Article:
Cloudy sunshine this morning. We left our camp and hit the road earlierthan we have been. We saw more Stone Sheep standing on the side of the roadand several more caribou. The caribou are more camera shy than thesheep.
We drove several hundred miles to the town of Fort St. John. We gotsome info on camping in Alberta. We stopped for lunch at a place calledBoston Pizza. A bit pricier than we expected, but good. As we werefinishing up, the folks we spoke to on the trail the other day came in. Wesaid Hi and then had to go.
As we were leaving town, we saw a black bear and two cubs that had justcrossed the road. By the time we got the cameras out, they had dashed intothe woods.
Northwestern Canada, the Yukon Territory, is a huge hunting andfishing destination, because of that, there are primitive campsitesEVERYWHERE!! The only time we stayed at a provincial campground (runby the province, similar to a US state) was when we were on native tribal land(here, known as "FirstNation"). Tribal land is not public landlike BLM or National Forestlands. Out of respect for the First Nations, westayed at a designated campground when traveling thru their land. Mostof the time we camped at a well used pull off. And we never leave a trace.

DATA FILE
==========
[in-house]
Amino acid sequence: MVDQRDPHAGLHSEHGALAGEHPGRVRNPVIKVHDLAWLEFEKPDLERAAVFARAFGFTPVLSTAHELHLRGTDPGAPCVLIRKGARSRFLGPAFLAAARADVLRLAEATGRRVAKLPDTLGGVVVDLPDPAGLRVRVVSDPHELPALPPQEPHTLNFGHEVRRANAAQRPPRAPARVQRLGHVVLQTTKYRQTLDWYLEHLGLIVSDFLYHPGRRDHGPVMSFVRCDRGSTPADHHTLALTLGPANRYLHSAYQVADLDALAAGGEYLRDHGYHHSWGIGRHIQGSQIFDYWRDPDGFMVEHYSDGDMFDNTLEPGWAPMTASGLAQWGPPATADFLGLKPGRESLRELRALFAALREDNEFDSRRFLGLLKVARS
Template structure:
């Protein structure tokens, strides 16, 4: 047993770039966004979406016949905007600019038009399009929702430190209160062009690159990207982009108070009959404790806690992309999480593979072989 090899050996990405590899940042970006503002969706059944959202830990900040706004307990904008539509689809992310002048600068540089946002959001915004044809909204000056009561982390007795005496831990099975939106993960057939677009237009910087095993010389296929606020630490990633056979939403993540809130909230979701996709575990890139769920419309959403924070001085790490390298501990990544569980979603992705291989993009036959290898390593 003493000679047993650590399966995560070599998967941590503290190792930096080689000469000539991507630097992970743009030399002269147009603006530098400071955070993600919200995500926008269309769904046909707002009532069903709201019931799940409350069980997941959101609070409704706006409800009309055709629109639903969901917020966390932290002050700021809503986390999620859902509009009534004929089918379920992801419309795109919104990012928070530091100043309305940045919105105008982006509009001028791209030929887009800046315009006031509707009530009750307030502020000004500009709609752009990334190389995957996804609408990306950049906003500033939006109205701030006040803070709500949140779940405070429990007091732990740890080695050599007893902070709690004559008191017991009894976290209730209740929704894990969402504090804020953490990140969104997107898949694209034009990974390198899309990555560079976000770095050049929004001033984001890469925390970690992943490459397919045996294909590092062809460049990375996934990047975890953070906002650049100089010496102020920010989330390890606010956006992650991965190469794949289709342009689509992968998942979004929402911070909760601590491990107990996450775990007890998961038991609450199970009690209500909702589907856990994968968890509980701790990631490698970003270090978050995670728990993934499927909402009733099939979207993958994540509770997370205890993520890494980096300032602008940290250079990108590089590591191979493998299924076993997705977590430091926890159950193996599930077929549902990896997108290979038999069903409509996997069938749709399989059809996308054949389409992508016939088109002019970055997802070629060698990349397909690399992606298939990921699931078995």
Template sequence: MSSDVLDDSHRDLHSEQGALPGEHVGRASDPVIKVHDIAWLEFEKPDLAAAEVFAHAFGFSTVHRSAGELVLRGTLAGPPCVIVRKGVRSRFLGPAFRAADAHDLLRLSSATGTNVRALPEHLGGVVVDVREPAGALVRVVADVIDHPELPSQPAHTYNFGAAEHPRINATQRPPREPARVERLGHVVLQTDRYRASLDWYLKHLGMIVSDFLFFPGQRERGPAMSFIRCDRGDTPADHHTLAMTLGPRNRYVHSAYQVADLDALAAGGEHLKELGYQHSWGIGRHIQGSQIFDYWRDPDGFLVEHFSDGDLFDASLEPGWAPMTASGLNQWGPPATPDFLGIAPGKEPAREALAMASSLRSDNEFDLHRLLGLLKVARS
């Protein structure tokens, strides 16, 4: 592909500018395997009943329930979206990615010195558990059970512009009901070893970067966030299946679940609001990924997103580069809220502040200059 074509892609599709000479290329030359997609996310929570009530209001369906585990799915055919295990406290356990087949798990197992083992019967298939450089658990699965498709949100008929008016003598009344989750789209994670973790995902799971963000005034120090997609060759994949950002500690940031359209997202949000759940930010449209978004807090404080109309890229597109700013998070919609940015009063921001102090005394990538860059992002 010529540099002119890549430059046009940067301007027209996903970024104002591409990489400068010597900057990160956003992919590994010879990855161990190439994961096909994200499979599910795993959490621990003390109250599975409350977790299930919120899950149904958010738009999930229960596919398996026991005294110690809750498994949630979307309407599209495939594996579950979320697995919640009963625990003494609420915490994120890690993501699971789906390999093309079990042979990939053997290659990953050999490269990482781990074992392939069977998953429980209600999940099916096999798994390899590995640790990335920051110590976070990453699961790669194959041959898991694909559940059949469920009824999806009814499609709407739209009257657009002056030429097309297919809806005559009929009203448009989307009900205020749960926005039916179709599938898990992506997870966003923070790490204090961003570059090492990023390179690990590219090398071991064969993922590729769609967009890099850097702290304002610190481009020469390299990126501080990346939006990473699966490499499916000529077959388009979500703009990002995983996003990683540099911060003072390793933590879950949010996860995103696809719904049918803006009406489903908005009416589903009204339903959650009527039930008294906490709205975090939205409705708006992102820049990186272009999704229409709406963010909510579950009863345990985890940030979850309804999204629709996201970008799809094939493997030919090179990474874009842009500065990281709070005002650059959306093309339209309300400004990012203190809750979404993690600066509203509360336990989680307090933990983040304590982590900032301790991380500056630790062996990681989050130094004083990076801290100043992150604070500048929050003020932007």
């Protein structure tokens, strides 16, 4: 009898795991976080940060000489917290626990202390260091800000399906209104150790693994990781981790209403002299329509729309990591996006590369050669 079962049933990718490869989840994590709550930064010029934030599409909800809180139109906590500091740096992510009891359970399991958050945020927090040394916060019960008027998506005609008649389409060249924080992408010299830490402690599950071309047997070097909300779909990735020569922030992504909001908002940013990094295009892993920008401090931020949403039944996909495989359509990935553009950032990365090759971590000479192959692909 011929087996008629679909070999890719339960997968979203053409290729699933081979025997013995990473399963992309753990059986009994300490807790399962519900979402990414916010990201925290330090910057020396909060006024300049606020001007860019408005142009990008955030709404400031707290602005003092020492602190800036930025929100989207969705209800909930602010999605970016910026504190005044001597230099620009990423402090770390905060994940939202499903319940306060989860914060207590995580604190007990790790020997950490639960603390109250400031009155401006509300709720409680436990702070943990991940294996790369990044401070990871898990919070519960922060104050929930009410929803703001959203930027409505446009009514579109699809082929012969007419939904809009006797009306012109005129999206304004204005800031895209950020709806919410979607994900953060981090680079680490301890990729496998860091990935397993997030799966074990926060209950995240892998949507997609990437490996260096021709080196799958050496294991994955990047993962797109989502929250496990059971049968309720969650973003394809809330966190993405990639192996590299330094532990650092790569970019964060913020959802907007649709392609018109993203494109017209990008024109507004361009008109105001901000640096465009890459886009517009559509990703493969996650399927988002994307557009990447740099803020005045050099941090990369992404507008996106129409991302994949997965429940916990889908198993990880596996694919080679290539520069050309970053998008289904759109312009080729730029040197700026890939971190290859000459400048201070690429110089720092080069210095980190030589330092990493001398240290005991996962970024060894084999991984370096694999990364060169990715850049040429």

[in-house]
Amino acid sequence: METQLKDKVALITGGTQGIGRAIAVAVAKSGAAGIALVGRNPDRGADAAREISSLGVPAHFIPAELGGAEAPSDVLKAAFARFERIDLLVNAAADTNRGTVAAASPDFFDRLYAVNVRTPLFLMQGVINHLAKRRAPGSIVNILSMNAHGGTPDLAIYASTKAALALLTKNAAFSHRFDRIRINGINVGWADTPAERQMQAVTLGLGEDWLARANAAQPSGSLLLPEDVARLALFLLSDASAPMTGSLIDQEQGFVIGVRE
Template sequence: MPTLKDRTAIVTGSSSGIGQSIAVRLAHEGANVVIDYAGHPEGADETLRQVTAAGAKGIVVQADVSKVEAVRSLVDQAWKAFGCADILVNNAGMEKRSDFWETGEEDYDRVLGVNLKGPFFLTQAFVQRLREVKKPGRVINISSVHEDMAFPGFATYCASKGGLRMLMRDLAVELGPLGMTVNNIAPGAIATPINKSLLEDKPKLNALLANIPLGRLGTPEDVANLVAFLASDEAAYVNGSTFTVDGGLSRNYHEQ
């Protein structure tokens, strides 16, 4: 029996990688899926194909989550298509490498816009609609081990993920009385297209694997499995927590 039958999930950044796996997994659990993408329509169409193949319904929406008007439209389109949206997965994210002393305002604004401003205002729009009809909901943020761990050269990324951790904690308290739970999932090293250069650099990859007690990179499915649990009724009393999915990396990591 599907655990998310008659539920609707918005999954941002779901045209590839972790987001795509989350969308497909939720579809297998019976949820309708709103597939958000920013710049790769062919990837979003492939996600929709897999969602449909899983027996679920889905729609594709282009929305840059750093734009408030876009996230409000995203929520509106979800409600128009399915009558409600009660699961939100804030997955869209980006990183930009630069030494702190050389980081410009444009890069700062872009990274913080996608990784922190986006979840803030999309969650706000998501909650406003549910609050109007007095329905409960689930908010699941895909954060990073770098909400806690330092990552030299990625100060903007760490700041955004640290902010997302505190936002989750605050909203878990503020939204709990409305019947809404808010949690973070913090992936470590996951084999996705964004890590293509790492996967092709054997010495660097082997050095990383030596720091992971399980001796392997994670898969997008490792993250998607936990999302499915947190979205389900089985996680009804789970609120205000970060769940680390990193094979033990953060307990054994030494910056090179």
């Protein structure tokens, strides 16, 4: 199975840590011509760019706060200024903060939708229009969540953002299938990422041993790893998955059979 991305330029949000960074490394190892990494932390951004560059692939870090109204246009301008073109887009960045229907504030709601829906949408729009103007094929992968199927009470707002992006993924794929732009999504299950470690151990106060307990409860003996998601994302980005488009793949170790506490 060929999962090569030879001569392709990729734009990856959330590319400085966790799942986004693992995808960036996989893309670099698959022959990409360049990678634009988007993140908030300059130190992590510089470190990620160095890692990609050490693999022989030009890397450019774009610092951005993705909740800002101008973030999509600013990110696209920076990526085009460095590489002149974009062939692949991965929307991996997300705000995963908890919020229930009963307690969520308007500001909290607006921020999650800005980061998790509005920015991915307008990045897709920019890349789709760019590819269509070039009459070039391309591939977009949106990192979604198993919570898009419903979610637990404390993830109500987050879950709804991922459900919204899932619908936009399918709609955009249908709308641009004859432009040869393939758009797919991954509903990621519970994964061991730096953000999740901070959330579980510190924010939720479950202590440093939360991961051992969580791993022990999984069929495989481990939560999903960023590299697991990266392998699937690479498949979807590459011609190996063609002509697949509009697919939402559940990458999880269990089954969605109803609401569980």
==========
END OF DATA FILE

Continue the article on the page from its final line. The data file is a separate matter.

This was a long driving day, much like the last couple of days. Thereseems to be a lot of Canada in between Alaska and the "Lower 48"! The townsare getting closer together now, only 50-100km (roughly 25-50 miles)apart. We arrived in Dawson Creek, BC. We found a campground withshowers on the edge of town for the night.